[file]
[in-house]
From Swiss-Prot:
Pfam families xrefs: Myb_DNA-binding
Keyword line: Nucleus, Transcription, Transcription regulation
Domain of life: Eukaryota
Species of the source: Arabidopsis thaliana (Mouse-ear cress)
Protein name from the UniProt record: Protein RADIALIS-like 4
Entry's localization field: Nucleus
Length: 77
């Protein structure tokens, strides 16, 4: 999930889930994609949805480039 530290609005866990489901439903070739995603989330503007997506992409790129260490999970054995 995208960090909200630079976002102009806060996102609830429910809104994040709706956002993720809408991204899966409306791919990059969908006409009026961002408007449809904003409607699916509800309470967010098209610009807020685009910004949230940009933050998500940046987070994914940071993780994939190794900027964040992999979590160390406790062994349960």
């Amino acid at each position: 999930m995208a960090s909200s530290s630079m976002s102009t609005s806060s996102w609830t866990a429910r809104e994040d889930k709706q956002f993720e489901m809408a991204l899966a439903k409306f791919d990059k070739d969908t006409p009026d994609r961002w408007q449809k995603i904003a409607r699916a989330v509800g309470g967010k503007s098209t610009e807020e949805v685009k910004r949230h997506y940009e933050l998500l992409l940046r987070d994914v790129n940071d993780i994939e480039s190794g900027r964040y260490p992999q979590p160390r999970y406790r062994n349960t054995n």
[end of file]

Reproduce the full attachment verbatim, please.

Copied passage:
[in-house]
From Swiss-Prot:
Pfam families xrefs: Myb_DNA-binding
Keyword line: Nucleus, Transcription, Transcription regulation
Domain of life: Eukaryota
Species of the source: Arabidopsis thaliana (Mouse-ear cress)
Protein name from the UniProt record: Protein RADIALIS-like 4
Entry's localization field: Nucleus
Length: 77
């Protein structure tokens, strides 16, 4: 999930889930994609949805480039 530290609005866990489901439903070739995603989330503007997506992409790129260490999970054995 995208960090909200630079976002102009806060996102609830429910809104994040709706956002993720809408991204899966409306791919990059969908006409009026961002408007449809904003409607699916509800309470967010098209610009807020685009910004949230940009933050998500940046987070994914940071993780994939190794900027964040992999979590160390406790062994349960």
């Amino acid at each position: 999930m995208a960090s909200s530290s630079m976002s102009t609005s806060s996102w609830t866990a429910r809104e994040d889930k709706q956002f993720e489901m809408a991204l899966a439903k409306f791919d990059k070739d969908t006409p009026d994609r961002w408007q449809k995603i904003a409607r699916a989330v509800g309470g967010k503007s098209t610009e807020e949805v685009k910004r949230h997506y940009e933050l998500l992409l940046r987070d994914v790129n940071d993780i994939e480039s190794g900027r964040y260490p992999q979590p160390r999970y406790r062994n349960t054995n």